That’s not the only old show finding new life overseas, either. Strictly Come Dancing and the shiny new Bake Off were the two most successful formats of 2012 (the last year for which there are figures), but just behind them was What Not to Wear, the fashion makeover show last seen here in 2007. Its eight licences included India, which put together an uptown take on our high-street original, taking Mumbai’s It-girls to the shops with the gracious actress Soha Ali Khan and a dignified male stylist, Aki Narula, in place of the over-opinionated prodders Trinny and Susannah. Not all versions are quite so classy, though. Brazil’s Esquadrão da Moda (“fashion squad”) is a mike-gripping variety show saved by its ludicrously attractive contestants and its ex-model host Isabella Fiorentino. Italy’s fashion credentials take a knock on Ma come ti vesti?! (“What are you wearing?!”), where a man as camp as that title suggests competes with a strident blonde foil and cartoon sound effects.
But way out in front is Top Gear, the alpha male of factual entertainment. With 350 million viewers, it has been so big a brand for so long that it even has a managing director, Adam Waddell. “People forget that Top Gear was a pretty big show throughout the Nineties,” he says. “I remember Jeremy [Clarkson] constantly reminding everyone that it was as big as Baywatch in terms of global audiences, though I don’t know if that was based on fact. ” Until 2007 it wasn’t even trying. “The show was devised by Jeremy and his mate, the executive producer Andy Wilman, and I don’t think world domination was part of the master plan.”
Ma Come Ti Vesti?!, Italy’s equivalent of What Not to Wear
The strangest thing about the popularity of Top Gear is that, against the world’s preference for home-made TV, most countries prefer the original. As a rule, foreign channels try an original British show and if it finds an audience then they make their own version. But although the actor who dubs Clarkson in Iran is a national celebrity on the back of it, no one wants to see him, it seems. “We’ve made local versions in Russia, Australia, the US, China, Korea,” Waddell says. “It’s worked really well in some, less well in others. Most countries have just taken the UK show with subtitles or dubbing. In Australia, where the British show has a strong following, the local format was always seen as secondary to the main show.”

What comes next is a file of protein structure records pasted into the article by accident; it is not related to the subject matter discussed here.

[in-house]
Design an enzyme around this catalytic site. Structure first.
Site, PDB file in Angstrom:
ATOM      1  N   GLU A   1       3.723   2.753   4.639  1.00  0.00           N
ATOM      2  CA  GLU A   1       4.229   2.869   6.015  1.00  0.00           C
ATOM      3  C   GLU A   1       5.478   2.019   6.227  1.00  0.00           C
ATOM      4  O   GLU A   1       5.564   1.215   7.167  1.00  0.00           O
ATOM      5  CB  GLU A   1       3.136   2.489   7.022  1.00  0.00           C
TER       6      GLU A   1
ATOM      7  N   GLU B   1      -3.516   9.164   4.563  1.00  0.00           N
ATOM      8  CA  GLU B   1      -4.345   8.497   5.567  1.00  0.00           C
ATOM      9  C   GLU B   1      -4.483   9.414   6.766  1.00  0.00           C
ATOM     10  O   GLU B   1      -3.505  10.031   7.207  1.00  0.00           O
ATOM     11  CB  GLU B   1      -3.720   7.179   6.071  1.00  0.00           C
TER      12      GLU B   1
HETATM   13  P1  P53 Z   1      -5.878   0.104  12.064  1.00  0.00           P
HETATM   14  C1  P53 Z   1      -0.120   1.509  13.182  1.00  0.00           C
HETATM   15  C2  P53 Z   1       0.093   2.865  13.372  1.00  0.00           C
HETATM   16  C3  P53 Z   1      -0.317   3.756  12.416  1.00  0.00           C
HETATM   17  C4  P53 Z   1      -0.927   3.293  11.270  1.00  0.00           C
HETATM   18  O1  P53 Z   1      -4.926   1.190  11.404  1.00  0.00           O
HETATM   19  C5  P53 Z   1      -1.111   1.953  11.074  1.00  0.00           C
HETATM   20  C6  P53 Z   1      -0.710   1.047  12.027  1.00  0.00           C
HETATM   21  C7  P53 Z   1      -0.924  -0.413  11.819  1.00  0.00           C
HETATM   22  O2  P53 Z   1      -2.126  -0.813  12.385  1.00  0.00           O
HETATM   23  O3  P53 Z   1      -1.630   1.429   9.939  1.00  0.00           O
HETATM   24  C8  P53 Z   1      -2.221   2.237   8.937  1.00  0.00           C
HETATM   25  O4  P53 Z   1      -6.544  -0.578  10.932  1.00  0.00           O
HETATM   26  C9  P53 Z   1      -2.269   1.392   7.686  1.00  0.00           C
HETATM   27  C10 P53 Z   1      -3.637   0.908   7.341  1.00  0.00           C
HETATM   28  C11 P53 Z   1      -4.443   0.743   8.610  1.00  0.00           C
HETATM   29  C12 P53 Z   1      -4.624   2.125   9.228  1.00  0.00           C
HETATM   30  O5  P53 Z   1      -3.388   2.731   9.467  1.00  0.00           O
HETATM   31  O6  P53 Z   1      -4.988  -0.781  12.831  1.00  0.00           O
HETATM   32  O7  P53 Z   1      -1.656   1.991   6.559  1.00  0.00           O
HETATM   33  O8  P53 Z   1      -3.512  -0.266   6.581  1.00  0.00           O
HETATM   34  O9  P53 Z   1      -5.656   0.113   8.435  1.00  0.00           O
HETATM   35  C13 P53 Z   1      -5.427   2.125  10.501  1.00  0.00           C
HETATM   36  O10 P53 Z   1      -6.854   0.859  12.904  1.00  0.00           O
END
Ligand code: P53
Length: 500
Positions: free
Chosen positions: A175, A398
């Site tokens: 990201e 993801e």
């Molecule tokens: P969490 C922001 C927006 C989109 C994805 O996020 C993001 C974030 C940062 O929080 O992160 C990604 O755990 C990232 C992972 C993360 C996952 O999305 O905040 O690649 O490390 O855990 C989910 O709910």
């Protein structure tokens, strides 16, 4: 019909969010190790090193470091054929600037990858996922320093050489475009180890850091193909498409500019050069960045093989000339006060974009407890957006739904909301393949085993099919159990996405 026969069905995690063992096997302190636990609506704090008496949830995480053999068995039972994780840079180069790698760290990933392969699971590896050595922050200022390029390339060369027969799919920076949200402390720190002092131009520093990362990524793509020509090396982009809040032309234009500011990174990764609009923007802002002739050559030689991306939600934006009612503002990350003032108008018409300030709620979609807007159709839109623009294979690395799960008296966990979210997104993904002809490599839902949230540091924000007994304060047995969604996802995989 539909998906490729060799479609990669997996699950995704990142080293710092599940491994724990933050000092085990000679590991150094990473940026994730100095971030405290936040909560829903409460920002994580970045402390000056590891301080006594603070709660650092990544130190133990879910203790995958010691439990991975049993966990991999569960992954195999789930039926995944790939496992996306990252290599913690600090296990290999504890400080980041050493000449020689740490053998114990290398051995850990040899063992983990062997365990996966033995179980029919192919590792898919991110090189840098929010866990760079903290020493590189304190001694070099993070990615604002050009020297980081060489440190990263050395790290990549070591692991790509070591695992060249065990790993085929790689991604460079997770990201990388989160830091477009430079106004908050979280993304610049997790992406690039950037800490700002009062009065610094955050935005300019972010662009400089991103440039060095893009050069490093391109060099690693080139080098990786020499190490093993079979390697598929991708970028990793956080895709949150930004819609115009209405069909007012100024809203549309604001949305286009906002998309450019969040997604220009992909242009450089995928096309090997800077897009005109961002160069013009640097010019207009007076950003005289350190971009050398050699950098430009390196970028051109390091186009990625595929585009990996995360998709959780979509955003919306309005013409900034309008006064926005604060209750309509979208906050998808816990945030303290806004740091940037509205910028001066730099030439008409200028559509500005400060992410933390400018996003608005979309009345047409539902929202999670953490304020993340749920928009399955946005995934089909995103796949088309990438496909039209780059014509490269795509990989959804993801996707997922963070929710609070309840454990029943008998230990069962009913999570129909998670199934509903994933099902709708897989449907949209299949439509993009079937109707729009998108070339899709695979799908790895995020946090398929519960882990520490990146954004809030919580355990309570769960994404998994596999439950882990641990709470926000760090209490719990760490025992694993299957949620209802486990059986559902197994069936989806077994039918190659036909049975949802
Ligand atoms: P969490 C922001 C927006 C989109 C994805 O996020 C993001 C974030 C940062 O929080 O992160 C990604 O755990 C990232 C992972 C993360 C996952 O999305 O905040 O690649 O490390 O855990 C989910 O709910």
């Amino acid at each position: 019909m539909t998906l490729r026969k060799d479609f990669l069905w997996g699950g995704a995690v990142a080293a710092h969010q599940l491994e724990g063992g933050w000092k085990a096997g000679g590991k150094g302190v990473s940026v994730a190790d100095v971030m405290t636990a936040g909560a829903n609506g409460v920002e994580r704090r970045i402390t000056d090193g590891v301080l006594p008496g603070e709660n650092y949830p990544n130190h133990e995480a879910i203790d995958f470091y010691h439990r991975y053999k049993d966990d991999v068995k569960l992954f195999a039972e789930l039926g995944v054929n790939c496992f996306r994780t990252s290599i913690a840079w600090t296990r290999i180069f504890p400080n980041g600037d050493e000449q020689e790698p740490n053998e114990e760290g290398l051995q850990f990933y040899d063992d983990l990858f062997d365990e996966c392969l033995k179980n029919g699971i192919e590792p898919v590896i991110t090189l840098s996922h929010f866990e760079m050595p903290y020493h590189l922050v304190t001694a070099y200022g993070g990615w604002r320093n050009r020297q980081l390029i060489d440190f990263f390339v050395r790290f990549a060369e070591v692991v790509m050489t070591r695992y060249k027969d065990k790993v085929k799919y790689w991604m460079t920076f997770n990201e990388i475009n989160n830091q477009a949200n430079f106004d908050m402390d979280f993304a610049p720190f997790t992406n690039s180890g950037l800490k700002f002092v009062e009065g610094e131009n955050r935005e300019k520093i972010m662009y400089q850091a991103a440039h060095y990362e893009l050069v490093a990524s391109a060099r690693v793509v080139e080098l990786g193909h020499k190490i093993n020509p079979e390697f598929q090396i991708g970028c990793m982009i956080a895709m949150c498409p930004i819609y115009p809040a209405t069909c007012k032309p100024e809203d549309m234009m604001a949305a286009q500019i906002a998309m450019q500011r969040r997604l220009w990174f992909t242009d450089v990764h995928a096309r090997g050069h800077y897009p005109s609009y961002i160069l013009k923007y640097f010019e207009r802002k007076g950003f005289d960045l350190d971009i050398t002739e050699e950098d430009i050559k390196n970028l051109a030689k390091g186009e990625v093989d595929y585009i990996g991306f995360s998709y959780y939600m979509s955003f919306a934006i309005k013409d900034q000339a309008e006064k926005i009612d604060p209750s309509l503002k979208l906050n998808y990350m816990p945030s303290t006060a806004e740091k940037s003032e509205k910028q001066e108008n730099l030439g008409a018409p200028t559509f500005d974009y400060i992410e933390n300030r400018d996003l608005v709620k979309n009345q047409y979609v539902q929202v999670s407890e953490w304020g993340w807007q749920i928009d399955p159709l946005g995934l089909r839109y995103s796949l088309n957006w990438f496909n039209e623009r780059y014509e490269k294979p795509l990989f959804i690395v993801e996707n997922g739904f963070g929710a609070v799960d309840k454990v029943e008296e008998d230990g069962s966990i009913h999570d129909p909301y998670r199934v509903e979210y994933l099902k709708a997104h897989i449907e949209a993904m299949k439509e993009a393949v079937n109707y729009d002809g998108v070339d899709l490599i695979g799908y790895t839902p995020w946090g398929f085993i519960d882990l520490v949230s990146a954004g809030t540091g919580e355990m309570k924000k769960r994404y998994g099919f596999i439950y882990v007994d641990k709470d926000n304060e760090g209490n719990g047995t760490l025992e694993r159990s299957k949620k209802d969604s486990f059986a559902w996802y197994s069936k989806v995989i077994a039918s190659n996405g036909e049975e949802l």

The Korean version, launched two years ago, has even produced a spin-off men’s fashion line: “Yes, would you believe it? Their market wanted that rather than fan merchandise. The presenters are younger and more glamorous than the UK team – not that that’s very hard. But then we never go out and say, ‘Who’s going to be Jeremy, who’s going to be Richard and who’s going to be James?’ ” But a look at TG Korea shows a trio of male presenters who, though clearly more familiar with hairdressing and 21st-century dress, have just the same bantering rivalry as the originals, with an older one firmly in the Clarkson sarcastic-prefect mould and the other two playing the Kindly Uncle and Little Bear.
China’s version of Strictly Come Dancing
All of which suggests that Top Gear’s appeal is not just in the format or universal subject matter but also in the personalities. Waddell certainly thinks so: “It’s the sense of self-deprecation that comes through,” he says – “they celebrate failure as much as success, and that is quite a British virtue, I think.” There’s a similar tone to another recent BBC export success, the comedy drama The Wrong Mans, in which James Corden and Mathew Baynton bumble boyishly through a murder plot like Hugh Grant’s less handsome cousins. Nor is it such a long way from the sitcoms that have been touring the world in dubbed versions for decades now: Are You Being Served?, Keeping Up Appearances, ’Allo ’Allo (50 countries – but not picked up in Germany until 2008, for some reason) and As Time Goes By (in Finland, Vanha suola janottaa, meaning “when old salt makes you thirsty”). We British do like to laugh at ourselves, and all that.